Friday, April 7, 2017

What you need to do to get your house ready to sell by Carrie Colby

Take a look at your house from the street. What do you notice? Have your shutters faded over time? Does your front door need a fresh coat of paint? How does your mailbox look? Ask yourself: “Can I do something simple to make it look like I take pride and ownership in my property?”

Consider your backyard as well. Curb appeal means the back, not just the front. Have your decks power-washed, or painted or stained.

Clean up all the fallen branches and rake the lawn to freshen up the grass and fertilize to get it to green up faster.

Check the condition of the garage and driveway. They often take up a lot of visual real estate in the front of a house; so problems here can seriously detract from curb appeal. Have any driveway cracks repaired; power-wash the door and the garage or paint it.

Inside your home: be sure to clear the clutter. It’s time to get out the packing boxes. If you are serious about moving, start packing now. Think about getting a small storage locker. Lighten up the house. If the living room has too much furniture, it can make the room seem smaller than it is. De-personalize your home: put away the family photos and clear the counters and coffee tables. Buyers want to see themselves in the house not you and your family.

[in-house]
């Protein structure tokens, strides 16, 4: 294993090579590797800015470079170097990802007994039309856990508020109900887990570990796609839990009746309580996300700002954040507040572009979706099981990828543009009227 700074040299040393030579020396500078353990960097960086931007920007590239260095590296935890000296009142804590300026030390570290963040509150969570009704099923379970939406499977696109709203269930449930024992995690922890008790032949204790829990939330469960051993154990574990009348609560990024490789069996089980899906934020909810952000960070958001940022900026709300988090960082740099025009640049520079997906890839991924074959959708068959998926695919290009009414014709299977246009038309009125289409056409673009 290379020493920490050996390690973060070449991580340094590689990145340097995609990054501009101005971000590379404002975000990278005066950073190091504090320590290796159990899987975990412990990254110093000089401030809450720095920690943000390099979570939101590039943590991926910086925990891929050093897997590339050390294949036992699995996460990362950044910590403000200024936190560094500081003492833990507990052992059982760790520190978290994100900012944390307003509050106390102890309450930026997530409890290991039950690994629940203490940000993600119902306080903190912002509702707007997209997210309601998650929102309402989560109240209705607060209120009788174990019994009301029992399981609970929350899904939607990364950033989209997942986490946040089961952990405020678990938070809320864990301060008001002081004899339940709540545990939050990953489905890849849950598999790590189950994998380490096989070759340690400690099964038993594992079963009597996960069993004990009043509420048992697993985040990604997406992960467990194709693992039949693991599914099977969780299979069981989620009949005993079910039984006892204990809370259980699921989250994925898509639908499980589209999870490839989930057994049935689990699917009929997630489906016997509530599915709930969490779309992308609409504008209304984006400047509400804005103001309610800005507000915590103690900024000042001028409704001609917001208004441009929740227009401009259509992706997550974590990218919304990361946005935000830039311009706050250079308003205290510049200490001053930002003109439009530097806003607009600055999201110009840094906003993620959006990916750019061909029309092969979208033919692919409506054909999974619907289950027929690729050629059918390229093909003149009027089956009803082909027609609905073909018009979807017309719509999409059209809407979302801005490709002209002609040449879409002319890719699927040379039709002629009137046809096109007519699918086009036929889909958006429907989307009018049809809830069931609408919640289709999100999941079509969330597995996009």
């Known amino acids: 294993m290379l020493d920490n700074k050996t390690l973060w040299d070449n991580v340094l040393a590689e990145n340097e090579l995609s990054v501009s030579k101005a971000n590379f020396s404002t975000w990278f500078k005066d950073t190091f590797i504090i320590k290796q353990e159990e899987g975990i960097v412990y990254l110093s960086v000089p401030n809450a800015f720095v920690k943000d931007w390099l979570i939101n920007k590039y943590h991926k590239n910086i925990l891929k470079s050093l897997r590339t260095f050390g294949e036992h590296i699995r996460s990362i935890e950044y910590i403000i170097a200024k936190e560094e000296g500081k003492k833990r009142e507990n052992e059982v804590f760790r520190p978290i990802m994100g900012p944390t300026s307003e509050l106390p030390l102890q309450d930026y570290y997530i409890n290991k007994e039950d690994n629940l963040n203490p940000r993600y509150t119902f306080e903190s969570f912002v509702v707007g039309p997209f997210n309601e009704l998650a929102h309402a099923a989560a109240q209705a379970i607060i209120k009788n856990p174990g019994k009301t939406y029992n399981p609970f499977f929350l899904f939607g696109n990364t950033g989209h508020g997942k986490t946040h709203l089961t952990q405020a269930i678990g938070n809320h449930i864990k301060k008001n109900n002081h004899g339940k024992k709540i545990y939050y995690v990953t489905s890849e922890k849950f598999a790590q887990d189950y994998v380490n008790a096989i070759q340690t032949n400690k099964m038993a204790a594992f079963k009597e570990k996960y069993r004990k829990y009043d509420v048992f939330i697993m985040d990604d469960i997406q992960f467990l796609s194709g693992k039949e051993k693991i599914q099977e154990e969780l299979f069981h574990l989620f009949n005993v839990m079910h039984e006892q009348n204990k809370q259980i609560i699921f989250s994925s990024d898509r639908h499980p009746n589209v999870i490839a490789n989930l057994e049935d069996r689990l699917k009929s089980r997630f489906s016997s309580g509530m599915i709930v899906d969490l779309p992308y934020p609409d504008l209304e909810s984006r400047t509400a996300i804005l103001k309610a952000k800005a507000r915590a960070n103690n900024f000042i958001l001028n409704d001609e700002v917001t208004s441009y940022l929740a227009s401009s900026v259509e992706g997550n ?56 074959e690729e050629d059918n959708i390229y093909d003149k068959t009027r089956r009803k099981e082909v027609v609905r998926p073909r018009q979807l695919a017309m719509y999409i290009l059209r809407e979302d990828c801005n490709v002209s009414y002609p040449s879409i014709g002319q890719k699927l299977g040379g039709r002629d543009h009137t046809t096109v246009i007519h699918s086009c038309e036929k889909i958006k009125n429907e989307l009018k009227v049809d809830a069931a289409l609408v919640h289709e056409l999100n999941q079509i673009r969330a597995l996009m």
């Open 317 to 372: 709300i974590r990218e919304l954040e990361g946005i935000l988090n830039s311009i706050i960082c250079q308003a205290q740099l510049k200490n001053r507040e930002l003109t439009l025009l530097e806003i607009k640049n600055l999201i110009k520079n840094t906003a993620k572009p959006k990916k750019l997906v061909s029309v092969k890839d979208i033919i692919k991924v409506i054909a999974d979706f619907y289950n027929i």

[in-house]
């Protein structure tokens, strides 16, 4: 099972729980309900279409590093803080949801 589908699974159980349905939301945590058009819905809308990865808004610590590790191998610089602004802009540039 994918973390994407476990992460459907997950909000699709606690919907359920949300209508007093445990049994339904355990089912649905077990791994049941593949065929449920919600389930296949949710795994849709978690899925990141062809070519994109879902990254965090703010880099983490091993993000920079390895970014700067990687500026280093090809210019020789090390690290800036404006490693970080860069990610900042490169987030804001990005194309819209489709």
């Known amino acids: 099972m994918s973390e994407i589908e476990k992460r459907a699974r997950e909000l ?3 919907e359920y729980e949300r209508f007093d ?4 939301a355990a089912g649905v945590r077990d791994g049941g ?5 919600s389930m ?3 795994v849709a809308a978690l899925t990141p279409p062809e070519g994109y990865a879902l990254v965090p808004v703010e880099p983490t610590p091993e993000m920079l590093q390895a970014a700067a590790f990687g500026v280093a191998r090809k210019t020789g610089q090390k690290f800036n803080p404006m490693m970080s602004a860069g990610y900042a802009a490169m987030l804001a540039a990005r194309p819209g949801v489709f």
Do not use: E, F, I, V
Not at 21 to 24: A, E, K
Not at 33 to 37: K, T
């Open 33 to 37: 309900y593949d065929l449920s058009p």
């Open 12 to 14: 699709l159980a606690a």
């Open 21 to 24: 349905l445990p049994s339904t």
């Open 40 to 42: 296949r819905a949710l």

Pack away your winter clothes, so the closets appear more spacious. People want to go into a property and see that there is ample room for their things.

Make sure that everything goes together throughout the house. Does your bedspread match the room color? If not, buy an inexpensive bedspread that will coordinate. The same goes for throw pillows on your couch. Use small, inexpensive items to pull color themes together to create an appealing appearance.

Consider getting a home inspection. Most home buyers get a home inspection before completing the purchase of a home. Why not find out ahead of time which items the home inspector will report that need attention?

The key is to be proactive. Maybe there is a small drip in the faucet or there aren’t electrical ground-fault circuit interrupters where they are supposed to be, near water. These can be a small fix, and it creates a less-hassled transaction.

Some of the big items that can make a transaction fall through are septic problems; issues with the water if you have a well. Get your water tested including tests for Radon, Arsenic and Uranium. Even if you don’t fix the problems you will know ahead of time and during negotiations with buyers you will know what the costs associated will be.

 We all see transactions fall through because of issues over home inspections. Then the house has to go back on the market, and everyone is disappointed. The bottom line: Don’t give prospective buyers reasons to check your house off the list. When people look at a house, they are really looking for reasons not to buy. They are looking for things wrong with it.

The bottom line is be proactive and prepare your home to put it on the market in every aspect and it will stand out from the other homes that look neglected and not well cared for. You will benefit in the end and get your home SOLD.

Carrie Colby
Premier Properties
1263 Roosevelt Trail, Raymond, ME 04071